irouette, leap, lift, plié...not words you typically hear in the Department of Emergency Medicine at Children's Hospital Boston. But they're words Michael Shannon, MD, MPH, chief of the department, is very familiar with.
A modern dancer and performer for more than 30 years, Shannon first began dancing during his undergraduate days at Washington University in St. Louis. "I took a few classes, and it quickly became an obsession," he recalls.
But medicine also emerged as a passion for Shannon, and after graduating with a degree in biology, he headed straight to medical school at Duke University. "I managed to continue dancing during medical school," he says. "And after completing my medical degree, I decided to devote some time to simply being an artist."
Shannon danced professionally for a year, appearing in shows in the Durham, N.C. area, and in New York, before completing the internship portion of his residency. He then took another break, dancing professionally for two more years, before finishing up his residency.
"I got to a point where I missed being a pediatrician," he says. "I knew then that while dance would always be a passion for me, medicine was ultimately my chosen career."
Shannon came to Children's in 1983 to complete his training and has never left. Today, along with being chief of Emergency Medicine, he is the first African-American to be named a full professor of Pediatrics at Harvard Medical School. Yet he still finds time to dance.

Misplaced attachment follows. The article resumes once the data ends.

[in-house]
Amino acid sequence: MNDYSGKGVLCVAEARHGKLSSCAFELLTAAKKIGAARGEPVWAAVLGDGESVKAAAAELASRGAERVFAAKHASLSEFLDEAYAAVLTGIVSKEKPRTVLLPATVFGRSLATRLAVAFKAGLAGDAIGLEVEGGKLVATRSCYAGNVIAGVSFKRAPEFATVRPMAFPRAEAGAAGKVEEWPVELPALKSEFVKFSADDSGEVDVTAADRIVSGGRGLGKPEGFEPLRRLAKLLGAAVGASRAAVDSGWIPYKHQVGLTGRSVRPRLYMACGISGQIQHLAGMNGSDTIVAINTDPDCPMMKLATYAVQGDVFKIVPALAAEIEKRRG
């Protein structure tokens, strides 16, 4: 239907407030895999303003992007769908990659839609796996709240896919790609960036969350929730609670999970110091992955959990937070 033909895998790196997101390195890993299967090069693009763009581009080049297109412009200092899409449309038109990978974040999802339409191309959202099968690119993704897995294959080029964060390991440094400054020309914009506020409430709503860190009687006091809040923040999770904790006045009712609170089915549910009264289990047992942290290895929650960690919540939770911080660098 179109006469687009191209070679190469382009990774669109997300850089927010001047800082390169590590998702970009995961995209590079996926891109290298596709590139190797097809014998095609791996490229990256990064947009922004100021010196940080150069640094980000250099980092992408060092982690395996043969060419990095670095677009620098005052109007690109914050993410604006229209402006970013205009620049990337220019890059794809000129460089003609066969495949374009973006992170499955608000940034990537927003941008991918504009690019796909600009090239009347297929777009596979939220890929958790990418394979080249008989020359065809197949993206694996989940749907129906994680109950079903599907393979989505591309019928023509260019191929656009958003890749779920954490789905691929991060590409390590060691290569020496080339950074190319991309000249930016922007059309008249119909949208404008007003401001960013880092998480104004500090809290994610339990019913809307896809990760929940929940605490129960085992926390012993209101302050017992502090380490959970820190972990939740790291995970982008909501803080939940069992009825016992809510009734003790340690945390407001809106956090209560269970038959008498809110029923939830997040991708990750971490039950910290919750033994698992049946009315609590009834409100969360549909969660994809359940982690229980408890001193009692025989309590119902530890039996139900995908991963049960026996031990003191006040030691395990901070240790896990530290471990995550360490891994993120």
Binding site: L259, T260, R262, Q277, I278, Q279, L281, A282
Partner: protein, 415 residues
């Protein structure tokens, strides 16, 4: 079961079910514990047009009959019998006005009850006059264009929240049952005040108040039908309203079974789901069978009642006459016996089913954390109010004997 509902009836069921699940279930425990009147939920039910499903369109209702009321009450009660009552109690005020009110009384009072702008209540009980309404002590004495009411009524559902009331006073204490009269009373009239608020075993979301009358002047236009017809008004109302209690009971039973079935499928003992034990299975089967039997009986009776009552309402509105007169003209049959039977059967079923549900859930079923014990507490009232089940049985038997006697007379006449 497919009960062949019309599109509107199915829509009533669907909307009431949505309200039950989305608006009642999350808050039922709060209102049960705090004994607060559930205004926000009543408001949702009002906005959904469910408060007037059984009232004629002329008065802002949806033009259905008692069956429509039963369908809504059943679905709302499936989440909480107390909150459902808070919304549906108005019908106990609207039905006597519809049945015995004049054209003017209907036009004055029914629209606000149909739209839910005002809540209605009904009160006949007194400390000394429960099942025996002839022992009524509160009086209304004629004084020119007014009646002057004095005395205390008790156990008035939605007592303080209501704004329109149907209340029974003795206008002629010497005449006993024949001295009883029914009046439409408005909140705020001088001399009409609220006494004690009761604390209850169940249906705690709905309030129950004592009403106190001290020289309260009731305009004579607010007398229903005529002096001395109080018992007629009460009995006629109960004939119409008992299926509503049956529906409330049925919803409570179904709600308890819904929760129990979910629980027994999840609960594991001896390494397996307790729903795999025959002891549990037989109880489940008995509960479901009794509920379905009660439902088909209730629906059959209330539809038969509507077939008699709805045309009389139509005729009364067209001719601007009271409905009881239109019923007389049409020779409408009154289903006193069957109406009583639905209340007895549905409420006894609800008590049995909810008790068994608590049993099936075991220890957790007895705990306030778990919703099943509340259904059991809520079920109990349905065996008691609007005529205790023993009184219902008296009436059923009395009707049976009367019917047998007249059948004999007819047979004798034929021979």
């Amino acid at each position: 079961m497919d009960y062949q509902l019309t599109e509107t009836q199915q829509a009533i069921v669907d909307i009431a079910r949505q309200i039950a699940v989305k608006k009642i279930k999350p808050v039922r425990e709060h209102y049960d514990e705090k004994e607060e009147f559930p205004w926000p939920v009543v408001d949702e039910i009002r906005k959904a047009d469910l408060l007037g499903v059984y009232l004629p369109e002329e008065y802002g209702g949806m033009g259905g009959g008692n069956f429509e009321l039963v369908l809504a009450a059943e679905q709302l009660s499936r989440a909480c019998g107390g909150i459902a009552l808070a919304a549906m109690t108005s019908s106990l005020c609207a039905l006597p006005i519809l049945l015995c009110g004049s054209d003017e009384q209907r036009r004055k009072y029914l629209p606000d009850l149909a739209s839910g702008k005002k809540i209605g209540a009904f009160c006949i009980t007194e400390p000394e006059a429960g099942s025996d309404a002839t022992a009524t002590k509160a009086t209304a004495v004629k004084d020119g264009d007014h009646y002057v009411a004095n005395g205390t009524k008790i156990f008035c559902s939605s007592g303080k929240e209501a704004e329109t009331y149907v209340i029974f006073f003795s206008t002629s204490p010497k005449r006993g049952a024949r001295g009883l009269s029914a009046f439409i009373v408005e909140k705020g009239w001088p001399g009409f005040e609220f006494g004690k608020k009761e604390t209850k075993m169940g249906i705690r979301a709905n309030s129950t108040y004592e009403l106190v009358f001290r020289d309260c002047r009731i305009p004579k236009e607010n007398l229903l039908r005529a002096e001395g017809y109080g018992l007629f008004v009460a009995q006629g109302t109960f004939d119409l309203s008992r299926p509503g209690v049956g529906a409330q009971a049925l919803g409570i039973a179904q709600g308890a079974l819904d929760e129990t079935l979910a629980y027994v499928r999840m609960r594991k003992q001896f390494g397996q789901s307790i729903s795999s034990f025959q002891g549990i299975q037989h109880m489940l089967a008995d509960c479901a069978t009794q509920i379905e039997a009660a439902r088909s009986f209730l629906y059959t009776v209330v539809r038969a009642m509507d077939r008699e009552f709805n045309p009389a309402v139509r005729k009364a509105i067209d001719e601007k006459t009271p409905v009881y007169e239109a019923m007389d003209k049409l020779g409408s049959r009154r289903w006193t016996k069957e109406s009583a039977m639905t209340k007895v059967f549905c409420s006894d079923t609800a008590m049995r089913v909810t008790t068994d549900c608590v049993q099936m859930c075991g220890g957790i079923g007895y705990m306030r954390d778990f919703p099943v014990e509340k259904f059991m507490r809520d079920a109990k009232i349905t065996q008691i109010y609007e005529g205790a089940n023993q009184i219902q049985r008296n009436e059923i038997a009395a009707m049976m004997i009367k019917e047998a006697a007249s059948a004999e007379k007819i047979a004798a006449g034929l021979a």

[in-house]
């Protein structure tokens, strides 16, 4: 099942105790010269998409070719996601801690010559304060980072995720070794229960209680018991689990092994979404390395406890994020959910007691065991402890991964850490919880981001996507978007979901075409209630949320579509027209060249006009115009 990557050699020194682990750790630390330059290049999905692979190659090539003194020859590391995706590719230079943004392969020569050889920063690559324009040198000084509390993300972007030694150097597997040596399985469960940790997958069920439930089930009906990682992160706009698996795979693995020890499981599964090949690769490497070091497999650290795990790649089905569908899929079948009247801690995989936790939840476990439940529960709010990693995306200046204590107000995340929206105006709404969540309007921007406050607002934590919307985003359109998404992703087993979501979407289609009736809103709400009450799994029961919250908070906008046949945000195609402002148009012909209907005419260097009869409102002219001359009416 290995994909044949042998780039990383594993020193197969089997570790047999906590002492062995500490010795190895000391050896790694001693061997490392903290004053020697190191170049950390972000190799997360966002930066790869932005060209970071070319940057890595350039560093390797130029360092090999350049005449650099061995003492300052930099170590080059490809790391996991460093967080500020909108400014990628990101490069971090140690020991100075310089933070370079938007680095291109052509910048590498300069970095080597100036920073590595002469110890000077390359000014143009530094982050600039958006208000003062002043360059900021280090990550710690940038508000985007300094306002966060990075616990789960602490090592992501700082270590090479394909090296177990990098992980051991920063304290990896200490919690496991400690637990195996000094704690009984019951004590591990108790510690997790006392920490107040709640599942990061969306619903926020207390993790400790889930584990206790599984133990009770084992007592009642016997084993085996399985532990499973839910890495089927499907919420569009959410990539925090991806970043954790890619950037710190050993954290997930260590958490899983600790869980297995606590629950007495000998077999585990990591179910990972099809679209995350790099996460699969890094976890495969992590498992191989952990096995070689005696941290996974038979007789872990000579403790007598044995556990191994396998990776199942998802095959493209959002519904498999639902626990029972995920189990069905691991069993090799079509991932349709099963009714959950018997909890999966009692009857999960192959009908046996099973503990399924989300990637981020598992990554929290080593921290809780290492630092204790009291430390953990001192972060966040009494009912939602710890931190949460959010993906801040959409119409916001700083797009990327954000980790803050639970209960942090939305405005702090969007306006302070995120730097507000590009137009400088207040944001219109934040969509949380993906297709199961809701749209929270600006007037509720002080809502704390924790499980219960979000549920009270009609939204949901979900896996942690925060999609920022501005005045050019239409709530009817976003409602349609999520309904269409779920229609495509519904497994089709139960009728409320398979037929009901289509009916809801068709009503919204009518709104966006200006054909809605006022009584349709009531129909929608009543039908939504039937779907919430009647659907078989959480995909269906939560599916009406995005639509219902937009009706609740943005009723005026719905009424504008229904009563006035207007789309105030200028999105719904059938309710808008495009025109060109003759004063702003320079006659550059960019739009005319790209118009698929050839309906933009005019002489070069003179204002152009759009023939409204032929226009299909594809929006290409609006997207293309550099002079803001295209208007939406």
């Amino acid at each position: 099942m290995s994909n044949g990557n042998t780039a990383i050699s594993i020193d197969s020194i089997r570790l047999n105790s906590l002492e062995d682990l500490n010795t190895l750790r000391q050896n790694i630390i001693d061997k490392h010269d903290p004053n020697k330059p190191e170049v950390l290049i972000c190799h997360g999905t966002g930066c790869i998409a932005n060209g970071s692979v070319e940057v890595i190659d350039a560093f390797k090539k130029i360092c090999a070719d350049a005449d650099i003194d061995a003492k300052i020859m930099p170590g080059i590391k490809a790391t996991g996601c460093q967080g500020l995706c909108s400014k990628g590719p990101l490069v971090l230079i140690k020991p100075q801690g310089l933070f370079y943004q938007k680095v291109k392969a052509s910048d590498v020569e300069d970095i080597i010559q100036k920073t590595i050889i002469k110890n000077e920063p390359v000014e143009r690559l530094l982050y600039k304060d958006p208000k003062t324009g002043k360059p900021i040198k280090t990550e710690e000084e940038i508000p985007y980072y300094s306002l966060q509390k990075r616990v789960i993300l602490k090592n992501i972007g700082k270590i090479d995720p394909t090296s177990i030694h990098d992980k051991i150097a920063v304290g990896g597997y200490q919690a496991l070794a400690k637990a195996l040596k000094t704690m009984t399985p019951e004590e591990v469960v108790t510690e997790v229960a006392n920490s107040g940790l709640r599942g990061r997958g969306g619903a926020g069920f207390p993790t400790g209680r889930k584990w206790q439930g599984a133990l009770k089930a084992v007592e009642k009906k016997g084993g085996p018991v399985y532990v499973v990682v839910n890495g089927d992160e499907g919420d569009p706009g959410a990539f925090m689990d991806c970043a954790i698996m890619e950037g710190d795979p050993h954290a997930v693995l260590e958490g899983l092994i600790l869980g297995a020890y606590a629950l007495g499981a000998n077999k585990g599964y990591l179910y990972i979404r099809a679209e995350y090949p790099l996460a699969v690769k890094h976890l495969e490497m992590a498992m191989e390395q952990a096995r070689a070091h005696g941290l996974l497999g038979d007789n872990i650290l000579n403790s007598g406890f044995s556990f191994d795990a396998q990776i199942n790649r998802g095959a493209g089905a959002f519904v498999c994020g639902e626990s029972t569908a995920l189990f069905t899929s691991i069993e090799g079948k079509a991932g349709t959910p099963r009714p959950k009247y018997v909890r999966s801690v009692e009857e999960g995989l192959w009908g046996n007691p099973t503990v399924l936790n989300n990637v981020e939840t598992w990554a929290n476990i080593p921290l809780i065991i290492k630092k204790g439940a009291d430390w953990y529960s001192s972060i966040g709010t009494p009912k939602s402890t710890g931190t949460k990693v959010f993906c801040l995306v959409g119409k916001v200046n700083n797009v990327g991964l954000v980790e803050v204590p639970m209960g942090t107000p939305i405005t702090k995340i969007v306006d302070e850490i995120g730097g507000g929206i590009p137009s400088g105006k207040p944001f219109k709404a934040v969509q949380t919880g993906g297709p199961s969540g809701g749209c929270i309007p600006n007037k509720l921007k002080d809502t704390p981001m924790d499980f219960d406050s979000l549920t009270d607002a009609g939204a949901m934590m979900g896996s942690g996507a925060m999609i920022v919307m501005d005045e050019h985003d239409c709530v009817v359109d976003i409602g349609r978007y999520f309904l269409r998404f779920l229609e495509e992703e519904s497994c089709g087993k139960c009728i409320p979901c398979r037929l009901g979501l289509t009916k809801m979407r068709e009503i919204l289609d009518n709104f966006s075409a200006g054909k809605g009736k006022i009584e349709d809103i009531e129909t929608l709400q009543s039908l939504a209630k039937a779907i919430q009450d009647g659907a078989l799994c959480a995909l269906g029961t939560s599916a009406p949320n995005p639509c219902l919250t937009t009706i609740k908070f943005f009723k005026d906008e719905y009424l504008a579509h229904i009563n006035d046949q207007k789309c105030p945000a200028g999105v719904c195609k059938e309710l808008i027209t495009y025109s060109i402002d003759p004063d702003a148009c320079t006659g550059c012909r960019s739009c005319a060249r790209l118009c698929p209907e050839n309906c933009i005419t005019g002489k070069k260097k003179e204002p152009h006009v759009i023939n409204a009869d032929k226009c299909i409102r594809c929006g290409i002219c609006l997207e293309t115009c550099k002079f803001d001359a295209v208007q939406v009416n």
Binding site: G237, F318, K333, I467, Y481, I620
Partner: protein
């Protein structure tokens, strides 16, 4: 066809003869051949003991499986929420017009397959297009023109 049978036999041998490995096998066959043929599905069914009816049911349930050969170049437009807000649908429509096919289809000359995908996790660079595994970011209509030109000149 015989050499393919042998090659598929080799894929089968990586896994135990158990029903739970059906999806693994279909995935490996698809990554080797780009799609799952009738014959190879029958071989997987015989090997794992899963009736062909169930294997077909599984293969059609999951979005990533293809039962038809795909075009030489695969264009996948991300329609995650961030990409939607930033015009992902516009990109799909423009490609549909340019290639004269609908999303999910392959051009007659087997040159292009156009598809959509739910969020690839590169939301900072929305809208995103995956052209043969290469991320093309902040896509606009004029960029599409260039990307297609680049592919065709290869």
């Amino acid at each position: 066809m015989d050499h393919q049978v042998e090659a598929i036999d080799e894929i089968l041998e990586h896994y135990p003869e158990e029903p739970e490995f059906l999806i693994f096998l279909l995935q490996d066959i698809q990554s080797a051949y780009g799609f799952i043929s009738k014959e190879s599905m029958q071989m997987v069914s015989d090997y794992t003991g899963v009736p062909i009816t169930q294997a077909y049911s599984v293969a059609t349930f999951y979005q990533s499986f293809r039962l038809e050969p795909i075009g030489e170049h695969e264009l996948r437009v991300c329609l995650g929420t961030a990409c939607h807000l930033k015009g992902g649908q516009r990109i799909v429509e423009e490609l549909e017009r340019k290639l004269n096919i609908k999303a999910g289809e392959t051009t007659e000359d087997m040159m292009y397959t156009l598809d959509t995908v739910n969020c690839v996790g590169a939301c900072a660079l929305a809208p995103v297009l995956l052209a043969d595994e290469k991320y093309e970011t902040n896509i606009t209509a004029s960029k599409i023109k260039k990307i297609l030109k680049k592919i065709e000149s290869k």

For the last four years, Shannon has performed in two local holiday productions—"Black Nativity" and "Urban Nutcracker." The first show is the traditional story of Jesus told through dance and song. He has played Joseph, who, along with Mary, dances much of the story. "It's a fairly challenging role, with lots of lifts, partnering and turns," he says, explaining that he unfortunately had to give up the part this year due to greater demands on his time.
But Shannon will reprise his role of Herr Drosselmeyer (the mysterious magician and creator of mechanical toys and clocks) in this year's production of "Urban Nutracker." Presented by BalletRox and performed at the Strand Theatre in Dorchester, the show offers an urban feel—complete with hip hop and tap dance, as well as jazz and rap music—to the traditional story of "The Nutcracker."
"It's truly a cross-cultural show that brings in a lot of diverse folksÄīpeople of all ages and colors," says Shannon. "The show pairs professional dancers from the Dance Theater of Harlem and the Boston Ballet Company, among others, with local kids from the Jamaica Plain School of Dance. So it's really a neat thing."
When he's not performing, Shannon and his wife take dance classes at the Brookline Community Center for the Arts, near their home. "I plan to continue dancing for years to come."
Performances of this year's "Urban Nutcracker" will take place from
Friday, Dec. 17 through Sunday, Dec. 19. Tickets are available by
visiting www.ticketweb.com or by calling the Strand Theatre Box Office
at (617) 635-1409.